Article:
But true to its legacy, Harvey evaded description, particularly when it was referred to by the weather service as "beyond anything experienced."

Comments
Forecast: After a chilly morning, normal weather slowly returning to Tampa Bay

Forecast: After a chilly morning, normal weather slowly returning to Tampa Bay

Tampa Bay can finally bid farewell to this weekís stretch of brutally cold conditions.10News WTSPFeels-like temperatures around the Tampa Bay area Itís a slow return to normal, as some residents still woke up to frost and sub-freezing temperatures, ...
Published: 01/19/18
On Jan. 18, 2018: Record cold in Tampa Bay. On Jan. 19, 1977: Snow.

On Jan. 18, 2018: Record cold in Tampa Bay. On Jan. 19, 1977: Snow.

One day. Just one day on a calendar separates an epic cold snap from what was arguably the most historic January weather event in Tampa Bay history.On Thursday, the region dealt with a brutal arctic blast produced record low temperatures that caused ...
Published: 01/19/18
Tampa Bay record lows burst pipes, threaten berry and fish farms

Tampa Bay record lows burst pipes, threaten berry and fish farms

In winters past, when they ran the irrigation system at Parkesdale Farms to preserve the berry crop in a protective shell of ice, the icicles measured inches.But on Wednesday night, one of the coldest nights in years, the icicles hung more than a foo...
Published: 01/18/18
Record-breaking cold sends arctic blast through Tampa Bay

Record-breaking cold sends arctic blast through Tampa Bay

It was record-breaking cold this morning as a deep freeze cast over Tampa Bay.Wind-chill advisories are out as feels-like temperatures sit between a bitter 20 and 30 degrees.Tampa tied its recorded for the lowest temperature of 29 degrees on Jan. 18,...
Published: 01/18/18
Winter weather deaths climb to 15 as the South cleans up snow

Winter weather deaths climb to 15 as the South cleans up snow

The deep freeze that shut down much of the South began to relent Thursday as crews salted and cleared roads after a slow-moving storm left ice and snow in places that usually enjoy mild winters. At least 15 people were killed in accidents and frigid ...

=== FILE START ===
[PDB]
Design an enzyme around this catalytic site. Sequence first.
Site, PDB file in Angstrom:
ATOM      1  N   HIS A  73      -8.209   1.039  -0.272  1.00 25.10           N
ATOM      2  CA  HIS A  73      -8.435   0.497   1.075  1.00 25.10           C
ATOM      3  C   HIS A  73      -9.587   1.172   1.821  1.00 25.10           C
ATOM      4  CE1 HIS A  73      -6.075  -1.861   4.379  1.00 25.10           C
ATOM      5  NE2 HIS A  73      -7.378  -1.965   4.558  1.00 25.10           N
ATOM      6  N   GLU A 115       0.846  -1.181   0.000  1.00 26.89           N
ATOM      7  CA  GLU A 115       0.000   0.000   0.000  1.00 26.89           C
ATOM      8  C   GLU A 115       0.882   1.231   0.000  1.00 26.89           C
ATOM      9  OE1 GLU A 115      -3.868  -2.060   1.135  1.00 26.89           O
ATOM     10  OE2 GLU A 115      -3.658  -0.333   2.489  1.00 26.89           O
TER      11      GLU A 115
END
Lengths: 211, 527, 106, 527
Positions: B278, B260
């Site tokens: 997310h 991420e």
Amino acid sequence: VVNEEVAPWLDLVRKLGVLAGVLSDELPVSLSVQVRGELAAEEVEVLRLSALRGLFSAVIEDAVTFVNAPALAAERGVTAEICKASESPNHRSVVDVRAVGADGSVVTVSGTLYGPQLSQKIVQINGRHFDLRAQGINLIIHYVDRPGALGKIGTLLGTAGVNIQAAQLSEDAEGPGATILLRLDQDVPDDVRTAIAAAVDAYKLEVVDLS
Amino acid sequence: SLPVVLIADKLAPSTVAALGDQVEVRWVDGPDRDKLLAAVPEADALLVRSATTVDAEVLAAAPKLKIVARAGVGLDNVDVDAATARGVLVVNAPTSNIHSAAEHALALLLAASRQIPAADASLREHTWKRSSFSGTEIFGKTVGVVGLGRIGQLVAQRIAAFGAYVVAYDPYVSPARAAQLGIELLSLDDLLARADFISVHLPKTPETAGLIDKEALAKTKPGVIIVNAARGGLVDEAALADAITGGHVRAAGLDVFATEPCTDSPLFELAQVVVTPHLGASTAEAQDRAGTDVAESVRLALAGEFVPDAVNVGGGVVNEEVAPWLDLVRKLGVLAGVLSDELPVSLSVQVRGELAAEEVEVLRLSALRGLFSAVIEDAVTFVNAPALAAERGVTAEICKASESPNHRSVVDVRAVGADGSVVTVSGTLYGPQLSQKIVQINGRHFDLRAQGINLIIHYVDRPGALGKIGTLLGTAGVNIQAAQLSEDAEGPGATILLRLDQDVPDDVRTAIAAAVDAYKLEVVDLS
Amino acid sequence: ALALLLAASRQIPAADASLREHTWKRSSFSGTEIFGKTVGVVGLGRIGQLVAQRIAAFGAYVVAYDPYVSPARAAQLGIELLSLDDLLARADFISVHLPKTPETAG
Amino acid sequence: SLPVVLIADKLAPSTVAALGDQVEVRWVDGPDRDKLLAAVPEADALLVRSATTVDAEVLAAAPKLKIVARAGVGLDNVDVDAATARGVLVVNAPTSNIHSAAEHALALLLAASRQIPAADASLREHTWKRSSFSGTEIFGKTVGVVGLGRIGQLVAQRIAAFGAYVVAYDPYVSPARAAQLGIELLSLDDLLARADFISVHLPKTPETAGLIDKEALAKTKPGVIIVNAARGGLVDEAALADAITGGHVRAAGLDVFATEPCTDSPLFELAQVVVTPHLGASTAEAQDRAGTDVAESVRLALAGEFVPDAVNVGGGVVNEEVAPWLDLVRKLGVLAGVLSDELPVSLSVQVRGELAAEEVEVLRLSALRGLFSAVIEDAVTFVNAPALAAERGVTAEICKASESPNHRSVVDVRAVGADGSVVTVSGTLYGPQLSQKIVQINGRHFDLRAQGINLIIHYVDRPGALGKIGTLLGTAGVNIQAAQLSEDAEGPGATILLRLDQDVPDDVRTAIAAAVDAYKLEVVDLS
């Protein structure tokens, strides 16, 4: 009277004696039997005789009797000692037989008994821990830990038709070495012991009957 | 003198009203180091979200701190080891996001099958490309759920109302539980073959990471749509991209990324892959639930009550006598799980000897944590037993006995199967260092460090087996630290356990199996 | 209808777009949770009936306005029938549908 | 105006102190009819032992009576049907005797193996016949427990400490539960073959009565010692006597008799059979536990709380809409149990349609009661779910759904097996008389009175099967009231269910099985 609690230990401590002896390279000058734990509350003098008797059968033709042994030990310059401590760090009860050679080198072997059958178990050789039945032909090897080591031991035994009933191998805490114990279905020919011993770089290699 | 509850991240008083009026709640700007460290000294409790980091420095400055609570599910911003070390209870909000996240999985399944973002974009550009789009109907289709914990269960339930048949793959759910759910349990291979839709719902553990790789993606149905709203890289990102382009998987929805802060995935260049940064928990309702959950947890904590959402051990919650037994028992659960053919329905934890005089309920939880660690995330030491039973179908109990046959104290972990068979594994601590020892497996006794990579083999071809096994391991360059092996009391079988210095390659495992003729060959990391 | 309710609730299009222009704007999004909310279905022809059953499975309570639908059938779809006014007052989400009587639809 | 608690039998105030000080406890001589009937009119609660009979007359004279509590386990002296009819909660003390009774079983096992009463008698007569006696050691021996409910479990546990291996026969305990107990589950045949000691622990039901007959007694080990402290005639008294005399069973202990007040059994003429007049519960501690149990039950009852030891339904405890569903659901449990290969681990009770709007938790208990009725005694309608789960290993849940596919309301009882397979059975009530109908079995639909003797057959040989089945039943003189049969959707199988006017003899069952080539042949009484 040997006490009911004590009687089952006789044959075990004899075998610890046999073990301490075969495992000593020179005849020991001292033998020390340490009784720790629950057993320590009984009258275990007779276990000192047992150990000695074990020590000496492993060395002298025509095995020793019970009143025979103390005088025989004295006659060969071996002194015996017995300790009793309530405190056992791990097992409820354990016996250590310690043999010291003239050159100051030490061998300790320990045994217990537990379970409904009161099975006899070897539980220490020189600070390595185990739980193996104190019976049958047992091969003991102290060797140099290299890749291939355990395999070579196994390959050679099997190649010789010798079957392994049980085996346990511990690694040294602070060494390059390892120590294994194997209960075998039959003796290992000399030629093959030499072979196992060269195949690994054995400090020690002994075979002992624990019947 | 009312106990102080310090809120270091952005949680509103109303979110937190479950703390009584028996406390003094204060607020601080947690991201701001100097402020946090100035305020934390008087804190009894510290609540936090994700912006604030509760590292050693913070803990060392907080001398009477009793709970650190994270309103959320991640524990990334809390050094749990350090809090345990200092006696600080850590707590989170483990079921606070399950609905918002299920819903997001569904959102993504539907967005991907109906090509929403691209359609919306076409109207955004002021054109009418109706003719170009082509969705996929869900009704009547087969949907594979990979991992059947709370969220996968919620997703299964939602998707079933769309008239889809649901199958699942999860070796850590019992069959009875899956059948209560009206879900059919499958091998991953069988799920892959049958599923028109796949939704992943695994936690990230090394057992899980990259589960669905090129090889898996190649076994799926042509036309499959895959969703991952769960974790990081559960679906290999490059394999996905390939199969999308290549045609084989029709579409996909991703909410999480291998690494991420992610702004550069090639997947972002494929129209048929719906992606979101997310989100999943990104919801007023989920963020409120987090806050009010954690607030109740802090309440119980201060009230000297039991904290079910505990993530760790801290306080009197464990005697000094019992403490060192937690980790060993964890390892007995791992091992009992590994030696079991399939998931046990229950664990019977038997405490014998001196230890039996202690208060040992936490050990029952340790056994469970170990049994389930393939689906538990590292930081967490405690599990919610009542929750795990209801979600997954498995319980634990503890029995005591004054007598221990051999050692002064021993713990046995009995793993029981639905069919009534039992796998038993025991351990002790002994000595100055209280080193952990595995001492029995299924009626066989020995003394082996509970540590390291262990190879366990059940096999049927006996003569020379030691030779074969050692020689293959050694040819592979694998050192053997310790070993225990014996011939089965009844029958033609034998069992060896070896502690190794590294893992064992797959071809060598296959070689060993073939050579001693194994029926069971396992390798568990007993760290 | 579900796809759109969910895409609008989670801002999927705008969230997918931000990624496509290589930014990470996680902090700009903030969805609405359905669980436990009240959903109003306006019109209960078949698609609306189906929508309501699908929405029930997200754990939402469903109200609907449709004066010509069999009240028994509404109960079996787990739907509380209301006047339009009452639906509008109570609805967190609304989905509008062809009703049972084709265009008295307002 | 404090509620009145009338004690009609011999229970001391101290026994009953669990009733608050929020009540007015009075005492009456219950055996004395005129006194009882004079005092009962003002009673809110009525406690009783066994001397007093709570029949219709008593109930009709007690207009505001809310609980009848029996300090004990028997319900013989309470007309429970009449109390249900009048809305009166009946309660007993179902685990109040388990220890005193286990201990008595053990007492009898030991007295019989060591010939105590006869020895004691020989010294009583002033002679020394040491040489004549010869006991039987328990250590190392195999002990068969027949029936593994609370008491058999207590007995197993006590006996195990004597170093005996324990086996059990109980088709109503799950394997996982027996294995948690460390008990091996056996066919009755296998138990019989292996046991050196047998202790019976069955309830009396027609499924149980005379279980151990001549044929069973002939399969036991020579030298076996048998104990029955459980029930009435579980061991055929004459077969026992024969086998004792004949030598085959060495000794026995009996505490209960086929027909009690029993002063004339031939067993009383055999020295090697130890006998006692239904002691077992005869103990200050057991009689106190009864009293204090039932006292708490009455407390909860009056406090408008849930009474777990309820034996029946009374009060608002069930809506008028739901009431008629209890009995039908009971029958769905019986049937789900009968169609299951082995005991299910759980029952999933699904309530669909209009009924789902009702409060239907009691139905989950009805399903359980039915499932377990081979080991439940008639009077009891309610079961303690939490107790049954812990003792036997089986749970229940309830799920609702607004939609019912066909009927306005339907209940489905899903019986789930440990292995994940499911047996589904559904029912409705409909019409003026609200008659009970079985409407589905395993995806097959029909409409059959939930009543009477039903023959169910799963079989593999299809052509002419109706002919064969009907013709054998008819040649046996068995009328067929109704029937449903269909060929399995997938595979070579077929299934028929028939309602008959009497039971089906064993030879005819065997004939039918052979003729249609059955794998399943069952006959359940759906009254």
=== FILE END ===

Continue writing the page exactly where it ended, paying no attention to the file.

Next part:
Published: 01/18/18
2017 was among the planetís hottest years on record, government scientists report

2017 was among the planetís hottest years on record, government scientists report

2017 was among the hottest years ever recorded, government scientists reported Thursday.The year was the second-hottest in recorded history, NASA said, while scientists from the National Oceanic and Atmospheric Administration reported 2017 was the th...
Published: 01/18/18
Black ice in Tampa? Leaking water truck blamed for crash on Veterans Expressway

Black ice in Tampa? Leaking water truck blamed for crash on Veterans Expressway

TAMPA ó A woman in a black BMW encountered a hazard on the Veterans Expressway she probably never expected in Tampa, especially on a dry day.Black ice. The woman was driving south about 6 a.m. Wednesday when she hit a patch of ice just south of Hutch...
Published: 01/18/18
Shelters offer escape from the cold for those who need it

Shelters offer escape from the cold for those who need it

On warmer nights, Jerry Hardison can sleep for a few hours at the recycling center. He works 11-hour shifts there. He gets off at 2:30 a.m., then waits until the buses start running again.But not Wednesday."Getting out that time of the morning in the...
Published: 01/17/18
Temperatures falling fast; freeze warnings issued for Tampa Bay

Temperatures falling fast; freeze warnings issued for Tampa Bay

UPDATE: The National Weather Service has issued freeze warnings for Pinellas, Hillsborough, Pasco, Hernando, Manatee and Sarasota counties.A cold air mass is moving southward through the Florida peninsula dropping temperatures across the Tampa Bay ar...
Published: 01/17/18
Snow, ice and record cold grip the South; at least 8 dead

Snow, ice and record cold grip the South; at least 8 dead

ATLANTA ó A layer of snow and ice and a record-breaking blast of cold closed runways, highways, schools and government offices across the South and sent cars sliding off roads Wednesday in a swath of the country ill-equipped to deal with wintry weath...
Published: 01/17/18